Even as number of data breaches and cyberattacks rises, piracy level in India still remains at 60 percent with a whopping $2.9 billion worth of unlicensed software being installed in 2013, a non-profit organisation BSA today said. Also Read - Downloaded WhatsApp Pink virus by mistake? Here's what you can do to fix your phone
According to BSA, India second only to China (over $8.7 billion) in the Asia Pacific region in terms of commercial value of unlicensed software sold in 2013. China reported piracy level of 74 percent in 2013, lower than 77 percent that was registered in 2011. India also saw a decline in piracy level to 60 percent in 2013 from 63 percent in 2011. Also Read - Mobile cyberattacks on Indian firms up by 854% in 2021: Report
Globally, 43 percent of software installations were unlicensed at a commercial value of $62.7 billion. While the piracy level has gone up marginally (from 42 percent in 2011), the commercial value has declined slightly from $63.5 billion in 2011. The Asia Pacific region reported the highest level of installation of unlicensed software at 62 percent (worth $21 billion). “Computer users cited risk of security threats from malware as the top reason not to use unlicensed software. Among their specific concerns are intrusions by hackers and loss of data,” BSA Senior Director Compliance Programs Asia Pacific Roland Chan said on a concall. Also Read - Android app offering free Netflix may steal your WhatsApp data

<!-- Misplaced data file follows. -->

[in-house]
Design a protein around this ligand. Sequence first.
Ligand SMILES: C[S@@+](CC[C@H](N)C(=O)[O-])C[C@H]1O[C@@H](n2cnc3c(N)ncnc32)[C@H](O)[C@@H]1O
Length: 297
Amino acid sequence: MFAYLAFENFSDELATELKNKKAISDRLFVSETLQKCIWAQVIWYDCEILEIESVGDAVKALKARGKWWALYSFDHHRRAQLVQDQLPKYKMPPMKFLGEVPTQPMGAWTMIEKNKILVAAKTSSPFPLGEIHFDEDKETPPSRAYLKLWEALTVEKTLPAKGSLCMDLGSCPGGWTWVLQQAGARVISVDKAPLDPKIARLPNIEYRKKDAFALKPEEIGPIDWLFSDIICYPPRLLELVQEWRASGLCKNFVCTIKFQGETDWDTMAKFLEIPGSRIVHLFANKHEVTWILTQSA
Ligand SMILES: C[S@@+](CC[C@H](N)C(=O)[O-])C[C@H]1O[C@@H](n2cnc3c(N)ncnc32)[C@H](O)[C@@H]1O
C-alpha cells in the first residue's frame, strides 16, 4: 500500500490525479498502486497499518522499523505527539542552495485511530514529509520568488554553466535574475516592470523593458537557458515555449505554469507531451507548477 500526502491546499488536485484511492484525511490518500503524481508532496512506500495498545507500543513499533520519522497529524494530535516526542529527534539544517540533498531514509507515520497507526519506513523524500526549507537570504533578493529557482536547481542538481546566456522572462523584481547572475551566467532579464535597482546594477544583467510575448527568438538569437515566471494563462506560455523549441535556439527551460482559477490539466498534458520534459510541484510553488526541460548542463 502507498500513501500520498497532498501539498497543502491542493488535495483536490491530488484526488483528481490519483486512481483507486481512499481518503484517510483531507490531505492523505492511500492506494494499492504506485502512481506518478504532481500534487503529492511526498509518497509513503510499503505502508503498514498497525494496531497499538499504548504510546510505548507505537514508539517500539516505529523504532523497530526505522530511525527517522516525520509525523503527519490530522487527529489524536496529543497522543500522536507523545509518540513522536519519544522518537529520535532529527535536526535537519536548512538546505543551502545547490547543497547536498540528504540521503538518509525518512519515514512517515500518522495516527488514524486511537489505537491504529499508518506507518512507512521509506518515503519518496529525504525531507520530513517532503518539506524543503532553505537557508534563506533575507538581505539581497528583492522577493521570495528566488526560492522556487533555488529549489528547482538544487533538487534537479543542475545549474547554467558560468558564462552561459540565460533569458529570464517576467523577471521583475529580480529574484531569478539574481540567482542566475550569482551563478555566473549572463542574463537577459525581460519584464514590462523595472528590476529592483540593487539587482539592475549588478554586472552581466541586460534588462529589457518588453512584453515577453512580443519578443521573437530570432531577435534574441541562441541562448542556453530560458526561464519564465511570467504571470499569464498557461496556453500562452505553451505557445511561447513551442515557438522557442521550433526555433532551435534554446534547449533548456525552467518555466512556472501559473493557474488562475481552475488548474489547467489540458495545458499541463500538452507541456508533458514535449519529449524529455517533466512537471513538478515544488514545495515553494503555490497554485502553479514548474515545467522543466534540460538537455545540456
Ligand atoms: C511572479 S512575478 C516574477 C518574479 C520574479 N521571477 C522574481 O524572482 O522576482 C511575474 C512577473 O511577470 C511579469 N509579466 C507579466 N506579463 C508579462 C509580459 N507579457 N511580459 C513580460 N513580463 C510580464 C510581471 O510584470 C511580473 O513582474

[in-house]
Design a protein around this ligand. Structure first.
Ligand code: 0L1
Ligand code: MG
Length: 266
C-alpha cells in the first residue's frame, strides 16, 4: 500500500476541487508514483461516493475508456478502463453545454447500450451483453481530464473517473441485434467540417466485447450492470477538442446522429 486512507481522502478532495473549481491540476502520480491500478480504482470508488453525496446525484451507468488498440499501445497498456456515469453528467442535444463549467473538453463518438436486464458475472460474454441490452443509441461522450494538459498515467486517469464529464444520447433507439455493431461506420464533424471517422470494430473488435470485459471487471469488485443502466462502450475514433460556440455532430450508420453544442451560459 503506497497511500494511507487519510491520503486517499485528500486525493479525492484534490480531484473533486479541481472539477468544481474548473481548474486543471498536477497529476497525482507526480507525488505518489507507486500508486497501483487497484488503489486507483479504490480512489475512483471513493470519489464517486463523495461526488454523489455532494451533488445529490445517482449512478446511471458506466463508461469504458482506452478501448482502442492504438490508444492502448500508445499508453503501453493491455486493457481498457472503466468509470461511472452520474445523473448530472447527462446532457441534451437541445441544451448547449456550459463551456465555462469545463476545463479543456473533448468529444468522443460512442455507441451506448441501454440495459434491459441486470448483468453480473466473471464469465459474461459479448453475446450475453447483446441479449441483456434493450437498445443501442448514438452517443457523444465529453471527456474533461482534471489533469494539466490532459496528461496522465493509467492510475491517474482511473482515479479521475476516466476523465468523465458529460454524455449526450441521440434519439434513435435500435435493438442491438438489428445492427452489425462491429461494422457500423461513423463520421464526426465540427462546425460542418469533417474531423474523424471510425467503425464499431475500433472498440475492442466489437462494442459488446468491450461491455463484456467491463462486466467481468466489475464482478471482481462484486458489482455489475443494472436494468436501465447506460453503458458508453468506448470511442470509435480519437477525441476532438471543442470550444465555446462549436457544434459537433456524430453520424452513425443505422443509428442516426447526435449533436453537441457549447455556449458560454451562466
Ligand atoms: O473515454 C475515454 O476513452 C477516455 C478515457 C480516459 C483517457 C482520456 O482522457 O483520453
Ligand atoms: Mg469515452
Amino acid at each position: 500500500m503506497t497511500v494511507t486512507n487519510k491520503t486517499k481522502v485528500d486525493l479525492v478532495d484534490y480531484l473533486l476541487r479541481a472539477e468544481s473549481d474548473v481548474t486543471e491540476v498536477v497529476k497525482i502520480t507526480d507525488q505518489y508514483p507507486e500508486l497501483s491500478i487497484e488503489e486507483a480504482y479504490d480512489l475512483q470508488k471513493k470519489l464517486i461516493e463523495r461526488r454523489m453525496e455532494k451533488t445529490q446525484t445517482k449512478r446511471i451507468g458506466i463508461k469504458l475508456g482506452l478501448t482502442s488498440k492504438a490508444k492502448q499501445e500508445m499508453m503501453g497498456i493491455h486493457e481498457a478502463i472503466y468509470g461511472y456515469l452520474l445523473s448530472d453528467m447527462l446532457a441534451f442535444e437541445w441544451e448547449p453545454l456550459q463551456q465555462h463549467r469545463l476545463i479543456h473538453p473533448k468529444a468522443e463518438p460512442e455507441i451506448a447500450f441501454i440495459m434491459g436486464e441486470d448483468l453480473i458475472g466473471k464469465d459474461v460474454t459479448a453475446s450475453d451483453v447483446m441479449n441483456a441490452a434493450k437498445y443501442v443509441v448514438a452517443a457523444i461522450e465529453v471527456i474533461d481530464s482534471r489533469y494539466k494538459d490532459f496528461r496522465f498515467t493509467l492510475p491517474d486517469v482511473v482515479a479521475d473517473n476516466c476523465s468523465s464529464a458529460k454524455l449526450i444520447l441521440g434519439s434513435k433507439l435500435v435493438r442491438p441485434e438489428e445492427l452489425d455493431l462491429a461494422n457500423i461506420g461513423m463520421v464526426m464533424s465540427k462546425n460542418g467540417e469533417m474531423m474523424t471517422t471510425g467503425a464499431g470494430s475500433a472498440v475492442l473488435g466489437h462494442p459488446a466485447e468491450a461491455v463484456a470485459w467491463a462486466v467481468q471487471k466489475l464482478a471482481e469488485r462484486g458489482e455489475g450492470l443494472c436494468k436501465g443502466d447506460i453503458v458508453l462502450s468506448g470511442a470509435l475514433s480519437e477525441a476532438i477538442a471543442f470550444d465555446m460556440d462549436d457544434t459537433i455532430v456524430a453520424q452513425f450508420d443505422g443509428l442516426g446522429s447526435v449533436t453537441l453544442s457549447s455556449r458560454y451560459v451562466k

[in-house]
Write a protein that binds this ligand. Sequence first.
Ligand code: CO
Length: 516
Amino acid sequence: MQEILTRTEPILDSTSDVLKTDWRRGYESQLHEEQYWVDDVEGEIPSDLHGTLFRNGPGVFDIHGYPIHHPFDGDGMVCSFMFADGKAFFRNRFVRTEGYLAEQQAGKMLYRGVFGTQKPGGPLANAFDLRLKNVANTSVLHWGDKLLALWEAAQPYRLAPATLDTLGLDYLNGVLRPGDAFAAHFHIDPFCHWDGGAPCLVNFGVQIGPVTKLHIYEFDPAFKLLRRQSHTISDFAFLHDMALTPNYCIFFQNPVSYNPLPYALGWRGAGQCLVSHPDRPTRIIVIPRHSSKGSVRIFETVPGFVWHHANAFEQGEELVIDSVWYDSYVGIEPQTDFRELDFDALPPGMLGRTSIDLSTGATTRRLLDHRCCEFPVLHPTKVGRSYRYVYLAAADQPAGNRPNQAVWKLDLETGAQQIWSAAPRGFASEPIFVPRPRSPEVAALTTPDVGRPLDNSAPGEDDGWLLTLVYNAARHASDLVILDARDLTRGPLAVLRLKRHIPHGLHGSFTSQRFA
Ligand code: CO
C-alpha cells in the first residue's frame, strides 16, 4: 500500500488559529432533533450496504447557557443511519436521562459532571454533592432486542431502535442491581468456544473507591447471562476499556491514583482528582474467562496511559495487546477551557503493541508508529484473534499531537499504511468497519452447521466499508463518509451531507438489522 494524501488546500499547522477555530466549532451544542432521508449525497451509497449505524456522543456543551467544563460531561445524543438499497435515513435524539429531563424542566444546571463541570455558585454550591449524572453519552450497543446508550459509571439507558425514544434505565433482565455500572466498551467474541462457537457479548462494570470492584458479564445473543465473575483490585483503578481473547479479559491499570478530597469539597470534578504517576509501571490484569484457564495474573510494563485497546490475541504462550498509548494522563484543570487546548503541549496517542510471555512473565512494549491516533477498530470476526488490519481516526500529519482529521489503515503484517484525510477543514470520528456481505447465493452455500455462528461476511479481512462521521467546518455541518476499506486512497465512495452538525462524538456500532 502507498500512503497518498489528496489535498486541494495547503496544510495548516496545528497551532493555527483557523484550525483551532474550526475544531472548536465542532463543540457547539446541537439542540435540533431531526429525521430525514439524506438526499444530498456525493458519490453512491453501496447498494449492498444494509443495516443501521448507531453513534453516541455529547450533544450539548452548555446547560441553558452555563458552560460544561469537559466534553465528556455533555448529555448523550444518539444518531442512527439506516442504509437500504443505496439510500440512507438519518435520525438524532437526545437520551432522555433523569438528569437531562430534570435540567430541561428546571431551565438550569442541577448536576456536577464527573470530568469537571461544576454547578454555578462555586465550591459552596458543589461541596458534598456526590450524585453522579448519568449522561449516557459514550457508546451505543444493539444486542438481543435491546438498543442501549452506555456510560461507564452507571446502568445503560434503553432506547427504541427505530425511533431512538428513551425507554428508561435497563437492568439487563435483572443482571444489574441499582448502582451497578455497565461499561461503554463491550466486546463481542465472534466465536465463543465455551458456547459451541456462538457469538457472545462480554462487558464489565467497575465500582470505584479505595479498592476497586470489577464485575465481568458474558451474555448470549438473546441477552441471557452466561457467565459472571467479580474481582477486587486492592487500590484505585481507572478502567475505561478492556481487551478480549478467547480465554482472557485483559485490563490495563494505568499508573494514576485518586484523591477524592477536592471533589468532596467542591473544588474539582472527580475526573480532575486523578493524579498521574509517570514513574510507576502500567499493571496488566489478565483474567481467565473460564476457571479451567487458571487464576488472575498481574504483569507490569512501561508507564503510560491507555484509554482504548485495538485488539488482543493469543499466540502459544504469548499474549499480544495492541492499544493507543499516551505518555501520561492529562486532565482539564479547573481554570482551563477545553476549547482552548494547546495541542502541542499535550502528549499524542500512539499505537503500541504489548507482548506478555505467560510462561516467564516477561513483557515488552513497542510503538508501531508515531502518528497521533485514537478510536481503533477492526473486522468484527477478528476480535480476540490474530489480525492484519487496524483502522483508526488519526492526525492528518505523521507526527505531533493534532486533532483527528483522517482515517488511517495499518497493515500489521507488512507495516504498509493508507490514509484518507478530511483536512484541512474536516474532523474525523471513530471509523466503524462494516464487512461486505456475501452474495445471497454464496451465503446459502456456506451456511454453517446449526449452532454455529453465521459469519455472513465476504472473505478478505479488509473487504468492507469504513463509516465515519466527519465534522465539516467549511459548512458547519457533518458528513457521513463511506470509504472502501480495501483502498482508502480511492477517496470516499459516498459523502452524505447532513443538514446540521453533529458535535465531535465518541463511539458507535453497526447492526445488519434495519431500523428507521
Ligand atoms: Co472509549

Yet a striking 60 percent of the software installed on personal computers in India in 2013 was not properly licensed, he added. Only 33 percent of companies (respondents) in India have written policies in place requiring use of properly licensed software, he said. “While rates in most countries are declining slowly, the global average still rising because the PC market is growing fastest in emerging markets where the rates of unlicensed software use are highest,” IDC VP Asia Pacific Consulting Operations Victor Lim said.
Chan said unlicensed software use is an organisational governance issue and the study shows there is a clear need for improvement. “There are basic steps any company can take to ensure it is fully compliant, like establishing a formal policy on licensed software use and maintaining careful records.” Companies also should consider implementing more robust software asset management (SAM) programs as these help in avoiding security and operational risks and ensure companies have the right number of licenses for their users, she added.
“There are often cases where enterprises may not even be aware that they are using unlicensed software. With software licensing becoming increasingly complex, and add to that cloud and BYOD, organisations require a fresh approach in the way they manage licenses,” Chan said. BSA, in partnership with research firm IDC, polled PC users in 34 markets including nearly 22,000 consumer and business PC users and more than 2,000 IT managers.